No One Wants a Gravy Boat: Millennials and the New Wedding Gift Norms

It only makes sense that with a generation that not only move in with one another but often even buy a house together before getting married, registering for products to fill their newlywed home doesn’t really make much sense. In just the last few years, new trends in non-traditional wedding registries that have nothing to do with gravy boats and toasters have become the new norm for many Millennials heading down the aisle. As with so many things, their rethinking of tradition involves doing away with unnecessary goods and embracing experiences as valued currency instead. The most popular wedding registry gift categories for 2013 were all about getting out and making big dreams come true. With Millennials aging up and millions getting married each year, new and innovative registries are a big opportunity for whole new categories of brands and businesses. Here are some of the new norms for wedding gift giving:

 

The Honeymooners: With many Millennials getting married at older ages, there are also more newlyweds who have helped foot the bill for their nuptials, and 50% of couples expect that they’ll be paying for the wedding themselves. Between the expense of the wedding itself and the many other bills that Millennials are dealing with, a honeymoon can start to seem like a pipe dream. To solve the problem, registries like Traveler’s Joy and Honey Fund let young couples ask their guests to help them see the world. Traveler’s Joy lets users create customized gifts to fund pieces of their honeymoon like plane tickets, hotel costs, and fun activities, allowing the gift givers to feel like they have contributed something specific to the experience. Generally, honeymoon registries take a small piece of the amounts given, and then allow the couple to withdraw all the funds contributed in a…

 
 

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Quote of the Day: “I don't drink on a typical night, but my choice when I do have a drink is often red wine.”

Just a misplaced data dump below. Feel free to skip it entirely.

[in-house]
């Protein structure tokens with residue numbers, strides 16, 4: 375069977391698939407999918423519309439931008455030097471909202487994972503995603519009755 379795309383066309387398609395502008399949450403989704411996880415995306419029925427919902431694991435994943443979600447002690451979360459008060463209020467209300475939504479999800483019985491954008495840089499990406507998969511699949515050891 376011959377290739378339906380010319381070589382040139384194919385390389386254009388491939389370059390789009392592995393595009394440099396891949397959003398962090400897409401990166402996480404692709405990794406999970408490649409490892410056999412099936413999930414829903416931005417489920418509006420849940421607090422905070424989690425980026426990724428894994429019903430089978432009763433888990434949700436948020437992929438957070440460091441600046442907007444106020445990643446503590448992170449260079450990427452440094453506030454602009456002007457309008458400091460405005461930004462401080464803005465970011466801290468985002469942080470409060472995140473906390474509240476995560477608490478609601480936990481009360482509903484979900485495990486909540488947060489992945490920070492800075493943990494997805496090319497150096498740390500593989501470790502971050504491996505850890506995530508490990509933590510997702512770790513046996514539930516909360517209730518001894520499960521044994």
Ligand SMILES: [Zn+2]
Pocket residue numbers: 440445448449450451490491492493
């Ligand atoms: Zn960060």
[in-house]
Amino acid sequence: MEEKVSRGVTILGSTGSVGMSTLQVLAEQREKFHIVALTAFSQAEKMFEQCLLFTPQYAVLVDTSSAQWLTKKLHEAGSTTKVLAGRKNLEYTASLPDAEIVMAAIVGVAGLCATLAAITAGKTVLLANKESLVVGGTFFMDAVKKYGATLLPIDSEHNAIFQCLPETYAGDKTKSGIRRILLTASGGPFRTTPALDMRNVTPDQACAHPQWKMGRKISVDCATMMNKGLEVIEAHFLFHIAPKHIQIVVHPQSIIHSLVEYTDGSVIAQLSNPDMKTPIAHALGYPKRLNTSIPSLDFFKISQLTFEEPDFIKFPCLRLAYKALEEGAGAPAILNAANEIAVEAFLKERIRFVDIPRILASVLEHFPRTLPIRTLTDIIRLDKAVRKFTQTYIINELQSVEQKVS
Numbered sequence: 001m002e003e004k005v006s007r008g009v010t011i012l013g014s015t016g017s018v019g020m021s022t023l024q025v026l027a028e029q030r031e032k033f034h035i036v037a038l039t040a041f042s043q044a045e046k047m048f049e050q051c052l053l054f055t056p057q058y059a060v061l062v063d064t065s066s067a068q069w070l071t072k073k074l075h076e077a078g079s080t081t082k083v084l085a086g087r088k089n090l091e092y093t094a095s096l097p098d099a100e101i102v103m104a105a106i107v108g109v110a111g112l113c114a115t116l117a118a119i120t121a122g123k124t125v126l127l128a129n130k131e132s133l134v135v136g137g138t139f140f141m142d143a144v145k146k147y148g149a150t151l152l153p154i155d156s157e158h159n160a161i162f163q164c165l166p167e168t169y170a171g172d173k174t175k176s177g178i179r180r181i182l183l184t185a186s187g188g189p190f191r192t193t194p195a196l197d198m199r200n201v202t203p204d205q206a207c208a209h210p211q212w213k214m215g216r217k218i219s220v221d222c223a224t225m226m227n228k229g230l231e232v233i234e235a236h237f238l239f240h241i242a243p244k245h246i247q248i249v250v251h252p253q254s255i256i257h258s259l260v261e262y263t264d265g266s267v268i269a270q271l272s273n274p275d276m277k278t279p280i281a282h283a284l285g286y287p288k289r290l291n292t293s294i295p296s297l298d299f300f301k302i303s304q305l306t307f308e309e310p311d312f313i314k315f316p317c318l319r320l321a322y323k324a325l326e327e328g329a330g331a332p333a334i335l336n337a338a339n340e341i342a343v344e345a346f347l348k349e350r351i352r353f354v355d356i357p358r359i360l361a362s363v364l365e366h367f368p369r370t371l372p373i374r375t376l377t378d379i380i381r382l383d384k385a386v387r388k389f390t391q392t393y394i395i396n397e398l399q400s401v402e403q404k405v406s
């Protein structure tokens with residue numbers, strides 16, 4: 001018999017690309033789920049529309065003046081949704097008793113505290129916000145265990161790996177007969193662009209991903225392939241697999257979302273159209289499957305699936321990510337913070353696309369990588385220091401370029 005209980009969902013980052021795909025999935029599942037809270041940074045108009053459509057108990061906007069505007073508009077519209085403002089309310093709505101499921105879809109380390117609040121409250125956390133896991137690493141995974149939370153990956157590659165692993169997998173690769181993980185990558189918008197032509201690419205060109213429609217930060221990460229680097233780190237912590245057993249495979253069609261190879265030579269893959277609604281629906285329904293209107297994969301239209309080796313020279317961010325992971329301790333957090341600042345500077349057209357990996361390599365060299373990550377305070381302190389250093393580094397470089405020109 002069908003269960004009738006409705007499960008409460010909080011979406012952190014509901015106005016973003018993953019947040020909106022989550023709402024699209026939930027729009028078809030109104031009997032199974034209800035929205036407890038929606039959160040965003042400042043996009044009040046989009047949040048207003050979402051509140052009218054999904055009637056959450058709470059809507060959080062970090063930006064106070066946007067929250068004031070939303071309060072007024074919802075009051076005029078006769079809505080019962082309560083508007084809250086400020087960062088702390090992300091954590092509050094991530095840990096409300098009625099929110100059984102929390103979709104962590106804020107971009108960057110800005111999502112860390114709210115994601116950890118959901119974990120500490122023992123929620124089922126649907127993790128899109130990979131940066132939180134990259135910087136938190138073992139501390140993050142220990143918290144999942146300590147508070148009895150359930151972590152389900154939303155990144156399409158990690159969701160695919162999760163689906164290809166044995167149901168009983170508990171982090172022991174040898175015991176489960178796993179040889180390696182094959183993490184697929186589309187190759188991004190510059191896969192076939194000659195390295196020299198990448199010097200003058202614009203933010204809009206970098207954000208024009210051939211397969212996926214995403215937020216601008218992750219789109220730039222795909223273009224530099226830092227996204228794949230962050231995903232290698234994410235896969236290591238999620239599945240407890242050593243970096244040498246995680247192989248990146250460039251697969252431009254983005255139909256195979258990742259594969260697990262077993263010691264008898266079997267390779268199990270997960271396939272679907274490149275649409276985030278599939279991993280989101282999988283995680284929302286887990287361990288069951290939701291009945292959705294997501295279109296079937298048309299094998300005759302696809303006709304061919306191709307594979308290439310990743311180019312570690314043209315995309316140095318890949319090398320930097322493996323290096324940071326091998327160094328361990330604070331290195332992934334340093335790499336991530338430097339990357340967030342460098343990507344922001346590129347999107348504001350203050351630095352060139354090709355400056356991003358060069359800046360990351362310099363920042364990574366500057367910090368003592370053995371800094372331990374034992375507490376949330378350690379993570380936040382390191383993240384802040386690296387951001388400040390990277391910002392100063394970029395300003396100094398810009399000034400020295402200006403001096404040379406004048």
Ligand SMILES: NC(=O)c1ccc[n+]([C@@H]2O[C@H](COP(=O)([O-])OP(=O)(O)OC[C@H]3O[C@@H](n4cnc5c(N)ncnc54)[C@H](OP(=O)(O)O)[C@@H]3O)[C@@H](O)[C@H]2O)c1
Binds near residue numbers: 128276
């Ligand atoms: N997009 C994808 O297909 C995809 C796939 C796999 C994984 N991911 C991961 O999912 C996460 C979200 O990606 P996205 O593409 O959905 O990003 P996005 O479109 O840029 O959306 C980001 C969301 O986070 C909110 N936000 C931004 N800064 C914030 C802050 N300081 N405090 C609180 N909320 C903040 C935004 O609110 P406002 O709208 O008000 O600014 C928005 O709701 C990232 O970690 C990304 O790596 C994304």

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13 Reasons Why, the Netflix series about a teen girl’s suicide, has some mental health professionals worried. While some applaud the show for increasing awareness about teen suicide, others fear the series could act as suicide contagion, increasing the risk of an individual engaging in copycat behavior. School districts across the U.S. are sending letters to parents to discuss the show and red flags to watch for in teens’ behavior, while counsellors are having conversations with students and patients. The National Association of School Psychologists has recommended that at-risk youth shouldn’t watch the series, and cautions adults to help teens differentiate “between a TV drama and real life.” (CNN)

U.K. Millennials consider themselves ‘grown up’ at age 27, according to a recent survey by Nationwide Current Accounts. With shifting paradigms surrounding adulthood, Millennials are defining maturity differently, and over half surveyed feel like entrance to adulthood depends on particular milestones rather than age. One in five believe they’re mature when they have children and another one in five when they move out of their parent’s home. Interestingly, Ypulse’s Adulting trend found that paying their own bills is the top sign of adulthood for Millennials in the U.S. (Telegraph)

Millennial shoppers are re-defining retail by purchasing on mobile, returning at higher rates, and ‘showrooming’—selecting clothes in-store then purchasing online—as a part of their “normal” purchasing process.  According to Criteo, as more clothing is purchased online, retailers can expect larger cart sizes at checkout, and return rates as high as 30-50%—which could create an opportunity to get young shoppers back into stores. Successful retailers are ““moving seamlessly between” online and off by covering return shipping costs or allowing in-store returns, innovating their online experiences, and keeping a high volume of product available in both spaces. (MediaPost)

Mexican wine country is becoming a top travel destination for Millennials. Cheaper, artsier, and arguably more authentic than Napa or Sonoma, Valle de Guadelupe is quickly accruing acclaim with twenty and thirtysomethings, who Ypulse has found love their wine. The small strip of vineyards and restaurants is shifting to suit their needs with food trucks, modern art, and even Uber for wine tours, when just a decade ago, the area didn’t even have the necessary roads to facilitate tourism. One winery owner observes, “What used to happen in this part of the world was that no one had anything to do and now everyone has appointments every hour.” (NYTimes)

The restaurant industry currently employs one third of all working teenagers, thanks to a recent uptick in teen employment. According to the Bureau of Labor Statistics, teens made up 35% of all restaurant workers in 2016, the highest percentage since 2009. Teen participation in the restaurant industry was above 50% until the Great Recession when it started a steep downward trend, causing staffing challenges across the industry. But it’s too early to know if the recent boost in employment signals a new trend or is just “a temporary blip.” (National Restaurant Association)

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